Section 2: Evaluation of the National Emergency Stockpile System (NESS) – Background

2. Background and context

This section provides a description of the mandate and operation of the National Emergency Stockpile System (NESS) program. It presents a brief overview of its 60-year history and provides a description of the deployment of NESS supplies over the past 25 years.

2.1 What is the NESS?

The Public Health Agency of Canada is the lead federal agency mandated to manage public health emergencies and regional coordination of federal health emergency activities. It works with international partners, provinces and territories, and other federal partners to monitor international and domestic public health threats and to mobilize a pan-Canadian response to public health events of national or international concern (Appendix C provides a broad overview of the roles of various domestic and international authorities and stakeholders in emergency preparedness and response).

The Public Health Agency maintains the NESS to provide emergency supplies to provinces and territories when requested. In the event of a local emergency that overwhelms available municipal resources, the municipality contacts the provincial/territorial emergency management authorities for additional resources. When provinces and territories cannot supply the required resources, they can request surge resources from the NESS. Release of equipment or supplies is coordinated through the provincial/territorial Health or Social Services Director.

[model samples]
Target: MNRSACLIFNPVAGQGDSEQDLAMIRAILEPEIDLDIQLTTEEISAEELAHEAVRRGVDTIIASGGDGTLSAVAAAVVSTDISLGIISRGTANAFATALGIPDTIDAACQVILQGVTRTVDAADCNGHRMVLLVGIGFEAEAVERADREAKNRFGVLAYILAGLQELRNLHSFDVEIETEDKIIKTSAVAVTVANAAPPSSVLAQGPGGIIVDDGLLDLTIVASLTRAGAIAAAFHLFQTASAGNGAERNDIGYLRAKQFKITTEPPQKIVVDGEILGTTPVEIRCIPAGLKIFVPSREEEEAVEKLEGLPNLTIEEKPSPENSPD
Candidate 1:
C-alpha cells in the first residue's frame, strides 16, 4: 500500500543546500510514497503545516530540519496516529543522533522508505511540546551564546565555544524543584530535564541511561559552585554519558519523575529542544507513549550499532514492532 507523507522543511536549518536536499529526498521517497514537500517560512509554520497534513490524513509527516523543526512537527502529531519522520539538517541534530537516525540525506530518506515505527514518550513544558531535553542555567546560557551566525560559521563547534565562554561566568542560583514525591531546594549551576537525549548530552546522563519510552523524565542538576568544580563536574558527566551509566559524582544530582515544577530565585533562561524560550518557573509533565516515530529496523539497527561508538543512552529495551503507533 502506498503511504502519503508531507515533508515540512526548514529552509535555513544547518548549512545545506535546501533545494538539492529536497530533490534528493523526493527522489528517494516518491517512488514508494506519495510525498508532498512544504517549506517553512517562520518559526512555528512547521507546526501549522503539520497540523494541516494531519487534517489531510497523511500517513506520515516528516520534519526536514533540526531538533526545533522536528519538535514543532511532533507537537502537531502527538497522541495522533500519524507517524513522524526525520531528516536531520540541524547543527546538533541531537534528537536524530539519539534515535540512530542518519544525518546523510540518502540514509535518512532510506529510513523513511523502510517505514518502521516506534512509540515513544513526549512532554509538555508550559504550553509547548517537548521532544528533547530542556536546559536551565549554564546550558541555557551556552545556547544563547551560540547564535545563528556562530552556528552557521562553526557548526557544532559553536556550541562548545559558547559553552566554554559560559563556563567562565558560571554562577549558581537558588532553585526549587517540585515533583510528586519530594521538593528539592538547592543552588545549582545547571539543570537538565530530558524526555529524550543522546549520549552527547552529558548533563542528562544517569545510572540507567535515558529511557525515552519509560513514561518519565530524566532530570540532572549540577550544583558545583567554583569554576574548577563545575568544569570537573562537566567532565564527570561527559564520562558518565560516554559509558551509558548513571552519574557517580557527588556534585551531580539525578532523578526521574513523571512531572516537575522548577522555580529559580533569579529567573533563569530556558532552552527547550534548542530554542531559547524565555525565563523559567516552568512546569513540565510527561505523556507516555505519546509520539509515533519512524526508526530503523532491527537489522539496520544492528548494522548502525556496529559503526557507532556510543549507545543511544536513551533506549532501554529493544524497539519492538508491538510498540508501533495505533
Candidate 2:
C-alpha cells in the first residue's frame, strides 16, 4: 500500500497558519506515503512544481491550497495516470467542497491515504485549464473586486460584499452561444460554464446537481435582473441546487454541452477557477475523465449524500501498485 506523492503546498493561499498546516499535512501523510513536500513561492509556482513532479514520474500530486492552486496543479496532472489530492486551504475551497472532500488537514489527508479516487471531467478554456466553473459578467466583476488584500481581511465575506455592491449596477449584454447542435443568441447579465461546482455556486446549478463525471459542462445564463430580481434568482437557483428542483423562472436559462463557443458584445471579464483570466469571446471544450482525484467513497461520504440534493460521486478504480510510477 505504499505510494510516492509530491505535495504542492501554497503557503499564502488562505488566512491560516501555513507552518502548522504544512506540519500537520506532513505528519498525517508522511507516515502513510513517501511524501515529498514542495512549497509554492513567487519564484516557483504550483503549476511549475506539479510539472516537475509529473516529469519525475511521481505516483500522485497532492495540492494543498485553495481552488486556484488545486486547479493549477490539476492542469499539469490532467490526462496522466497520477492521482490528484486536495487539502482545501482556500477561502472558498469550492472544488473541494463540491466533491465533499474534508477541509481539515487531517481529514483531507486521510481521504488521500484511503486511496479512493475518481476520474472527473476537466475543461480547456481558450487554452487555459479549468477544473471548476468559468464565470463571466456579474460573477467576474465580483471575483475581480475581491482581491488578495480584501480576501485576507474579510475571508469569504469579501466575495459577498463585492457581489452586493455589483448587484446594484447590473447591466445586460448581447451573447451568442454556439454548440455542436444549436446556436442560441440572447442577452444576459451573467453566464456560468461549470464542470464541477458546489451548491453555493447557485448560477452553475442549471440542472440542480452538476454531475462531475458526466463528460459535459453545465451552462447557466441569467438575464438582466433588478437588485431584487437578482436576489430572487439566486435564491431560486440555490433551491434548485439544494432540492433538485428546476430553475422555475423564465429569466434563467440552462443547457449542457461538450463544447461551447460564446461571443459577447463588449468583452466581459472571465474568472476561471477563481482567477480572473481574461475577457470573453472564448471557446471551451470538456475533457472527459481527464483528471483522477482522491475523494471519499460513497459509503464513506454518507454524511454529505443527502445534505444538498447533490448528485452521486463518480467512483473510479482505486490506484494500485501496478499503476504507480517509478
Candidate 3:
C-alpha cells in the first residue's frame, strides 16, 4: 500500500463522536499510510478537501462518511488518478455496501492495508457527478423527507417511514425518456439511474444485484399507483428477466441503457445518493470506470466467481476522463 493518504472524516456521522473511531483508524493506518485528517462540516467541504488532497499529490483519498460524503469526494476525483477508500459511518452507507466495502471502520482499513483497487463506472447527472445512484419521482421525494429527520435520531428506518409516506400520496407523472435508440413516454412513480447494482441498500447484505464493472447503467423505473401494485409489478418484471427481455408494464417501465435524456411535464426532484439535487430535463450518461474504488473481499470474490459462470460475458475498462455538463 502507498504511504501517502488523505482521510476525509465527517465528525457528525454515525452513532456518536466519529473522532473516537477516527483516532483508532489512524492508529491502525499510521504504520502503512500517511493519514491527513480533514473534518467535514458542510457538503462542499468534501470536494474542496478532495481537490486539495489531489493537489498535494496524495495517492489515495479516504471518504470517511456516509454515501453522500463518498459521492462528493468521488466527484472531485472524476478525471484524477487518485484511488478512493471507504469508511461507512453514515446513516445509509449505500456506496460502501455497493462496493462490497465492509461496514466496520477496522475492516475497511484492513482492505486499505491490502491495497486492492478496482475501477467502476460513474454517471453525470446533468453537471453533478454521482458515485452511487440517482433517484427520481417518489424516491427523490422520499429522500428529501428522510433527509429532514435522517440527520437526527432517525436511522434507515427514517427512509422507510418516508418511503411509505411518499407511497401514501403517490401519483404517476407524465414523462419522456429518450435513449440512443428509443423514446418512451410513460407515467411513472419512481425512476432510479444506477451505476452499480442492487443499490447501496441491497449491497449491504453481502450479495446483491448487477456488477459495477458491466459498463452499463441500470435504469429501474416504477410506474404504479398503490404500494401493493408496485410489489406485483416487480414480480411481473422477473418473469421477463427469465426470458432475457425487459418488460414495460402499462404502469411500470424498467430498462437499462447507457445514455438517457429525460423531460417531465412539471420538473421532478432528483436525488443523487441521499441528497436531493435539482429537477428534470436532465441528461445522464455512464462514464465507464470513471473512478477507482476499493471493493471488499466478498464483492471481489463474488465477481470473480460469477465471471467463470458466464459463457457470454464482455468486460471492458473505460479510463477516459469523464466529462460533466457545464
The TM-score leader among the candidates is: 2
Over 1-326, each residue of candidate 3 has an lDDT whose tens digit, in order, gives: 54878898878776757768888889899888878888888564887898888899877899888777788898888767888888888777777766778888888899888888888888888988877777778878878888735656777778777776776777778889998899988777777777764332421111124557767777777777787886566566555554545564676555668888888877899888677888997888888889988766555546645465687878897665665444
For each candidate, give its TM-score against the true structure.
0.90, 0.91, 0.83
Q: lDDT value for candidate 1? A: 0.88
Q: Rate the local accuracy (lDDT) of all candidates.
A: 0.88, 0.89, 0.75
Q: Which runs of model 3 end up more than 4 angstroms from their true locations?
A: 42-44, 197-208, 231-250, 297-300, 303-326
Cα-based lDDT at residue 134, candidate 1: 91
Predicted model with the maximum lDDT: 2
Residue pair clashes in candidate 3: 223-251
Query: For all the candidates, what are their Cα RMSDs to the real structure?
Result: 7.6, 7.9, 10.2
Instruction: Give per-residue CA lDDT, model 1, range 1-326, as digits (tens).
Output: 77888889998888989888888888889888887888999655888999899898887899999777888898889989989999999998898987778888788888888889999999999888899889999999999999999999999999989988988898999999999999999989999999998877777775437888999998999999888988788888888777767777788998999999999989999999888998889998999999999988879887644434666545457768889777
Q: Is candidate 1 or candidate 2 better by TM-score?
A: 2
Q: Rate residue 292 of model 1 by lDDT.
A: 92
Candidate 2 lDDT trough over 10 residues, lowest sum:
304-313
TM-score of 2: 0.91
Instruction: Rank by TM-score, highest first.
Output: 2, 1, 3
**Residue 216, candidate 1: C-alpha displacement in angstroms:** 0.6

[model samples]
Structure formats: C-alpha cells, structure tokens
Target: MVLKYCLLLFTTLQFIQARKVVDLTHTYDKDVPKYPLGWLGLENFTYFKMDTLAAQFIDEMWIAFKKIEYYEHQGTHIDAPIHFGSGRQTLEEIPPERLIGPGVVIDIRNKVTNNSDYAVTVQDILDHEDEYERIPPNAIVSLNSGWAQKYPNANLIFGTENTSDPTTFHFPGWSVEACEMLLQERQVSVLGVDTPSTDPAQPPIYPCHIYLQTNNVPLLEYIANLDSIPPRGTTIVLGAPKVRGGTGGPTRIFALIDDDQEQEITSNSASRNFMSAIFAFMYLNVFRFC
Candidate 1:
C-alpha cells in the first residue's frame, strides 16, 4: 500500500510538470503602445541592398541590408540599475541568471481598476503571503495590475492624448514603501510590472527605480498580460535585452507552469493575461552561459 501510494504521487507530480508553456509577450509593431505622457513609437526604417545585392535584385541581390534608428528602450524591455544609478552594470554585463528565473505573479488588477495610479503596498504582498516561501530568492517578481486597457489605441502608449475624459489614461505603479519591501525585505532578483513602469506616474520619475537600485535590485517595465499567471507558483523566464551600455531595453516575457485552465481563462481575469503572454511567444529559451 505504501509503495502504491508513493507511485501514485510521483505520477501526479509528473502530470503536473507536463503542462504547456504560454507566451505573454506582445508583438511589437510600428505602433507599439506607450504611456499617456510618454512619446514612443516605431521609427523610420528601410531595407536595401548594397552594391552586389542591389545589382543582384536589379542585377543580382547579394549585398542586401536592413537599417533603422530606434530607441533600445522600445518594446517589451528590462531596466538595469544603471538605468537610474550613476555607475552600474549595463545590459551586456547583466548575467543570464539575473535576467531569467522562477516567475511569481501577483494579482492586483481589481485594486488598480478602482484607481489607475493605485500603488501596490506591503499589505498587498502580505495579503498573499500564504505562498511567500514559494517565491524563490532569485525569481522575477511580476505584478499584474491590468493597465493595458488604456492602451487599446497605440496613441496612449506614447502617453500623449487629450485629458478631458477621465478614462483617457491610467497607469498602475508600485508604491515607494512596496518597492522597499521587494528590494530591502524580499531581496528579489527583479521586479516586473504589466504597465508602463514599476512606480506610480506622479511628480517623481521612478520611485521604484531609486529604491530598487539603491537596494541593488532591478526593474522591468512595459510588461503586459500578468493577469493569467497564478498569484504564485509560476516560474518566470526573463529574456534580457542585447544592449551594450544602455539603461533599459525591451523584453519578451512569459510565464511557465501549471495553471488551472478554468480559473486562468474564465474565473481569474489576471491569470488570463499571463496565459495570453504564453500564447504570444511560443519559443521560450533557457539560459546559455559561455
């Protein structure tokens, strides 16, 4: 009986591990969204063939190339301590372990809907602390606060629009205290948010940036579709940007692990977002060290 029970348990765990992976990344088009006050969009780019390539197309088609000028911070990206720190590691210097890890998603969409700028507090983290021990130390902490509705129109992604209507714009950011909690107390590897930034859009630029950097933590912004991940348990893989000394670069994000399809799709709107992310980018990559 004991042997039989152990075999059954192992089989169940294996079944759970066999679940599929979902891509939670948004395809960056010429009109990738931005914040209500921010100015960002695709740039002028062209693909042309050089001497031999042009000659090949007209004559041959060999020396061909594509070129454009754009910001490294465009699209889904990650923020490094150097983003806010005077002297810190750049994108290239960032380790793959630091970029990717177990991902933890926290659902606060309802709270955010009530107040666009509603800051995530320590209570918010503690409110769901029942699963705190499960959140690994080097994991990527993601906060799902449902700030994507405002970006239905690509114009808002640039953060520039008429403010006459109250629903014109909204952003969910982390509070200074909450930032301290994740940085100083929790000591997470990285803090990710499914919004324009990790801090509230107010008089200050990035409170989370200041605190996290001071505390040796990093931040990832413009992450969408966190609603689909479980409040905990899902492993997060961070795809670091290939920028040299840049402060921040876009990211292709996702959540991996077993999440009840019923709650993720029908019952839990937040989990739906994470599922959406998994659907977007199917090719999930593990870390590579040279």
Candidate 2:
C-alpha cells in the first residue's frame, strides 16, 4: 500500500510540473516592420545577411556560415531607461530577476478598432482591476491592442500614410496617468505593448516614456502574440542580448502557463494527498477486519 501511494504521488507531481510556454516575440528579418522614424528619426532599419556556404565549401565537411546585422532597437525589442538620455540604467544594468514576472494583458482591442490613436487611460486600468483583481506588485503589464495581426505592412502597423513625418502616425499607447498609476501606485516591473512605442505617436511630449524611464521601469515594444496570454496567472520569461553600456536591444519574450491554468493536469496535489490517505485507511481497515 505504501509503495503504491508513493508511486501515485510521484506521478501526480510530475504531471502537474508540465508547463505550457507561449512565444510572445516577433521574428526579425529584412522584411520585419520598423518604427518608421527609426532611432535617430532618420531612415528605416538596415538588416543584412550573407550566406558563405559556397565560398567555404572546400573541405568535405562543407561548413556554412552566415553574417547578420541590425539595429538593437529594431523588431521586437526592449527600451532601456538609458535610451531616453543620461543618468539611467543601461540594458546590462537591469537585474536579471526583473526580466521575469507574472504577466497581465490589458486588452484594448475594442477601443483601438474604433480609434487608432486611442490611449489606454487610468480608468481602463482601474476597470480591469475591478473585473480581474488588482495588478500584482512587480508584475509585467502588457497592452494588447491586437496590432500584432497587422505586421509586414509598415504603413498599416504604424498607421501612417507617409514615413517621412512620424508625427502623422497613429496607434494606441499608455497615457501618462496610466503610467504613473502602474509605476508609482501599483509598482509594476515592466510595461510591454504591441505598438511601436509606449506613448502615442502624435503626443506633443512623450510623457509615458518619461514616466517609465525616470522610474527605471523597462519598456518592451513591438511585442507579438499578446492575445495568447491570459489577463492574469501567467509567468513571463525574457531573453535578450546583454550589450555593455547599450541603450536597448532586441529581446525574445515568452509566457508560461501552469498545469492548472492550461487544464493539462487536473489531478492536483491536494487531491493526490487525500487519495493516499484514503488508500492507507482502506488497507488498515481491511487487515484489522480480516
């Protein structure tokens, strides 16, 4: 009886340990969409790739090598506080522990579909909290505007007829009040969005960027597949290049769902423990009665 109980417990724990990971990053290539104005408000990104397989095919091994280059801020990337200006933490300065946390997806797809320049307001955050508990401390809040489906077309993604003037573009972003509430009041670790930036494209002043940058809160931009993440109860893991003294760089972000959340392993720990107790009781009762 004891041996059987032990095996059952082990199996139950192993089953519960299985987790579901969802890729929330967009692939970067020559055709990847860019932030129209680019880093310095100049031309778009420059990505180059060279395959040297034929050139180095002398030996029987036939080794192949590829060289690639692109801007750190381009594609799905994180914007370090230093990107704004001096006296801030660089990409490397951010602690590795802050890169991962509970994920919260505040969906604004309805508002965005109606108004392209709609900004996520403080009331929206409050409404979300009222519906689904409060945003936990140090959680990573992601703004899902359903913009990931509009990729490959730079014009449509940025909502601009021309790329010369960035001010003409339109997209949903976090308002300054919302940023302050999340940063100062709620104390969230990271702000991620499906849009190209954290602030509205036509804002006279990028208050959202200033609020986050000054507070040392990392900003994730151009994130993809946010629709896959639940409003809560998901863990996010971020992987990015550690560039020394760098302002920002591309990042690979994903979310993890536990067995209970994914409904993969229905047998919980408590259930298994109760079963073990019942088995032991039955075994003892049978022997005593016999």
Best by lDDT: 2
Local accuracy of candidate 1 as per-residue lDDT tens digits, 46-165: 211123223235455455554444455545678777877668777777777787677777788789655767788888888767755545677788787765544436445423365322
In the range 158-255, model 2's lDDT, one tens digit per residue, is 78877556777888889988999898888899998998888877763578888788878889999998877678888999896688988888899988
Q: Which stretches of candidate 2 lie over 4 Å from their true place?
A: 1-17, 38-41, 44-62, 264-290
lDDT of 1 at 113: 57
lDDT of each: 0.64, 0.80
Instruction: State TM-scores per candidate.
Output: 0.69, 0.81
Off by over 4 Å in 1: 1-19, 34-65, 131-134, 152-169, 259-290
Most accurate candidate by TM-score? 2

The system consists of a series of warehouses and pre-positioned sites. Precise locations of any of the warehouses/sites are not made public for security reasons.

  • There are a total of 11 federal warehouses leased by the Public Health Agency: two main depots in the National Capital Region (Ottawa) and nine warehouses located across Canada. There are no federal warehouses located in the territories. The Public Health Agency has contracts in place for both custodians and security for all 11 federal warehouses.
  • There are approximately 1,300 pre-positioned sites located across Canada. Each province and territory determines the locations of the pre-positioned materials and is typically responsible for that warehousing space (including leasing costs and security). The Public Health Agency owns the assets in the pre-positioned sites.